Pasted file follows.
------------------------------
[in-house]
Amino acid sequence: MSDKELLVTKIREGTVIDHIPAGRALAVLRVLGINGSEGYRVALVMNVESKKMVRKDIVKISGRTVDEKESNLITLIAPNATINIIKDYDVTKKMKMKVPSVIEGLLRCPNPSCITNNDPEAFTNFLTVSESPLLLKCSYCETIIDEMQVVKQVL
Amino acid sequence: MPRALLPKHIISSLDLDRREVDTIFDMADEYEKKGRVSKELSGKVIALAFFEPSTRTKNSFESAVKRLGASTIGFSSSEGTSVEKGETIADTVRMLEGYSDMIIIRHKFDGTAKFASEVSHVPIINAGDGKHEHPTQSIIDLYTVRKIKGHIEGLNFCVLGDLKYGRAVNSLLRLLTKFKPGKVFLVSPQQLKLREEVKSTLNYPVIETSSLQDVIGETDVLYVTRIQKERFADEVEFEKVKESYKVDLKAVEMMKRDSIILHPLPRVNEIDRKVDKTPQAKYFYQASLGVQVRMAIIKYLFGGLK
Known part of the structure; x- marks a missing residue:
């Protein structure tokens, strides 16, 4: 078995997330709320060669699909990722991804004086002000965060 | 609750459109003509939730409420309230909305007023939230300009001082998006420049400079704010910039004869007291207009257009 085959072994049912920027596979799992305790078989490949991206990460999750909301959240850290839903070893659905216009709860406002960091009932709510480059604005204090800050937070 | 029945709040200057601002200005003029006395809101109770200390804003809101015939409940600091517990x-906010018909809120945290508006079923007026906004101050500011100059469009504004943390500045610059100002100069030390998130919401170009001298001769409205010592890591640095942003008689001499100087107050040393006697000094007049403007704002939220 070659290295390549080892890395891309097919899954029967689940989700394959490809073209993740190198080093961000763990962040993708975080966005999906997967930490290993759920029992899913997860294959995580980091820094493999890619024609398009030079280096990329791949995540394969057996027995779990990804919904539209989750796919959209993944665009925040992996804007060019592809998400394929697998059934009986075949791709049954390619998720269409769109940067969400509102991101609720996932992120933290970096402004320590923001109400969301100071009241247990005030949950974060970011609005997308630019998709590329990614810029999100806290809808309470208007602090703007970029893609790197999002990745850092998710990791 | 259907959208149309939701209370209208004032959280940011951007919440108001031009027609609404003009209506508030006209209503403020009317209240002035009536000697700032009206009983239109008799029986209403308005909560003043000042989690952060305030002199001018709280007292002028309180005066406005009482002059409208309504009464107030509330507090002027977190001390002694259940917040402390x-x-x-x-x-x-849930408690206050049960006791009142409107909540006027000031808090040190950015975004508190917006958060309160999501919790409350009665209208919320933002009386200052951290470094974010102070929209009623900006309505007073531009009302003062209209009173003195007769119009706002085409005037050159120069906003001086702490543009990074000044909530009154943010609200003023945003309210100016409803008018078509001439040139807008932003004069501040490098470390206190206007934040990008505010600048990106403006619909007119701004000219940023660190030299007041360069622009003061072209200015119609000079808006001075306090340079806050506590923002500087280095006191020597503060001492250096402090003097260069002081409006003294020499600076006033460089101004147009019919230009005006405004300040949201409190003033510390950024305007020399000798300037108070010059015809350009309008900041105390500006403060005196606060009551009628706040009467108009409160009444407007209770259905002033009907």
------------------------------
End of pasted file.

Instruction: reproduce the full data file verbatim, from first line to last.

[in-house]
Amino acid sequence: MSDKELLVTKIREGTVIDHIPAGRALAVLRVLGINGSEGYRVALVMNVESKKMVRKDIVKISGRTVDEKESNLITLIAPNATINIIKDYDVTKKMKMKVPSVIEGLLRCPNPSCITNNDPEAFTNFLTVSESPLLLKCSYCETIIDEMQVVKQVL
Amino acid sequence: MPRALLPKHIISSLDLDRREVDTIFDMADEYEKKGRVSKELSGKVIALAFFEPSTRTKNSFESAVKRLGASTIGFSSSEGTSVEKGETIADTVRMLEGYSDMIIIRHKFDGTAKFASEVSHVPIINAGDGKHEHPTQSIIDLYTVRKIKGHIEGLNFCVLGDLKYGRAVNSLLRLLTKFKPGKVFLVSPQQLKLREEVKSTLNYPVIETSSLQDVIGETDVLYVTRIQKERFADEVEFEKVKESYKVDLKAVEMMKRDSIILHPLPRVNEIDRKVDKTPQAKYFYQASLGVQVRMAIIKYLFGGLK
Known part of the structure; x- marks a missing residue:
């Protein structure tokens, strides 16, 4: 078995997330709320060669699909990722991804004086002000965060 | 609750459109003509939730409420309230909305007023939230300009001082998006420049400079704010910039004869007291207009257009 085959072994049912920027596979799992305790078989490949991206990460999750909301959240850290839903070893659905216009709860406002960091009932709510480059604005204090800050937070 | 029945709040200057601002200005003029006395809101109770200390804003809101015939409940600091517990x-906010018909809120945290508006079923007026906004101050500011100059469009504004943390500045610059100002100069030390998130919401170009001298001769409205010592890591640095942003008689001499100087107050040393006697000094007049403007704002939220 070659290295390549080892890395891309097919899954029967689940989700394959490809073209993740190198080093961000763990962040993708975080966005999906997967930490290993759920029992899913997860294959995580980091820094493999890619024609398009030079280096990329791949995540394969057996027995779990990804919904539209989750796919959209993944665009925040992996804007060019592809998400394929697998059934009986075949791709049954390619998720269409769109940067969400509102991101609720996932992120933290970096402004320590923001109400969301100071009241247990005030949950974060970011609005997308630019998709590329990614810029999100806290809808309470208007602090703007970029893609790197999002990745850092998710990791 | 259907959208149309939701209370209208004032959280940011951007919440108001031009027609609404003009209506508030006209209503403020009317209240002035009536000697700032009206009983239109008799029986209403308005909560003043000042989690952060305030002199001018709280007292002028309180005066406005009482002059409208309504009464107030509330507090002027977190001390002694259940917040402390x-x-x-x-x-x-849930408690206050049960006791009142409107909540006027000031808090040190950015975004508190917006958060309160999501919790409350009665209208919320933002009386200052951290470094974010102070929209009623900006309505007073531009009302003062209209009173003195007769119009706002085409005037050159120069906003001086702490543009990074000044909530009154943010609200003023945003309210100016409803008018078509001439040139807008932003004069501040490098470390206190206007934040990008505010600048990106403006619909007119701004000219940023660190030299007041360069622009003061072209200015119609000079808006001075306090340079806050506590923002500087280095006191020597503060001492250096402090003097260069002081409006003294020499600076006033460089101004147009019919230009005006405004300040949201409190003033510390950024305007020399000798300037108070010059015809350009309008900041105390500006403060005196606060009551009628706040009467108009409160009444407007209770259905002033009907």